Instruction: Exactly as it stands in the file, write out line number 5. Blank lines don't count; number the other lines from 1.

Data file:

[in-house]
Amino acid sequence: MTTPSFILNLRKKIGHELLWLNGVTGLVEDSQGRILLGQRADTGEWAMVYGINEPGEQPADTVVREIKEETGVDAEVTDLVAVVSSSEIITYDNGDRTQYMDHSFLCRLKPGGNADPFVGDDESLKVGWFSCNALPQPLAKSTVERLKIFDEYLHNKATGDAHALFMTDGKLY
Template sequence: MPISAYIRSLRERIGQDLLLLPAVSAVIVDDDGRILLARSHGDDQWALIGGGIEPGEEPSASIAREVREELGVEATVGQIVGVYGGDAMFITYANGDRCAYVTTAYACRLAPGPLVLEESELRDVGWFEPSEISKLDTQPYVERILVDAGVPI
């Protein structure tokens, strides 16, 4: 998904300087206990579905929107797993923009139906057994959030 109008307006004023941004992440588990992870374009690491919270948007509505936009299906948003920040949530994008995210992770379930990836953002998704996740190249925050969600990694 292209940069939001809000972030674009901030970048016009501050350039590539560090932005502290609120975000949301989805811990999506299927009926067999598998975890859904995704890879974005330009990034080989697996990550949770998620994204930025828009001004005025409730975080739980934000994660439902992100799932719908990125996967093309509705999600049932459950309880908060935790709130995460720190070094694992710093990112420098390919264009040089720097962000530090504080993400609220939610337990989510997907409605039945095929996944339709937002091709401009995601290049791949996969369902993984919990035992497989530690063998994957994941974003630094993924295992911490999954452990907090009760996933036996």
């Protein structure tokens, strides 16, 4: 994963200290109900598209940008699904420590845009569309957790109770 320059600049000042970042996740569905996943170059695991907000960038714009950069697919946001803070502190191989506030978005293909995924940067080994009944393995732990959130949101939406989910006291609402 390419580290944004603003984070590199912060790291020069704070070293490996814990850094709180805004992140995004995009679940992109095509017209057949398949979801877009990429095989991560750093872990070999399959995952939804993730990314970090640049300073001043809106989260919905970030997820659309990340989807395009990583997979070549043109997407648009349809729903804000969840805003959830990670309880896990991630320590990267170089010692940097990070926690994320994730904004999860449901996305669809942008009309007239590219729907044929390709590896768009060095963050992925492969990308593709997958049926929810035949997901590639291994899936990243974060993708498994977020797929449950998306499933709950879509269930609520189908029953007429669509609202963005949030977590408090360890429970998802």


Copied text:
């Protein structure tokens, strides 16, 4: 994963200290109900598209940008699904420590845009569309957790109770 320059600049000042970042996740569905996943170059695991907000960038714009950069697919946001803070502190191989506030978005293909995924940067080994009944393995732990959130949101939406989910006291609402 390419580290944004603003984070590199912060790291020069704070070293490996814990850094709180805004992140995004995009679940992109095509017209057949398949979801877009990429095989991560750093872990070999399959995952939804993730990314970090640049300073001043809106989260919905970030997820659309990340989807395009990583997979070549043109997407648009349809729903804000969840805003959830990670309880896990991630320590990267170089010692940097990070926690994320994730904004999860449901996305669809942008009309007239590219729907044929390709590896768009060095963050992925492969990308593709997958049926929810035949997901590639291994899936990243974060993708498994977020797929449950998306499933709950879509269930609520189908029953007429669509609202963005949030977590408090360890429970998802």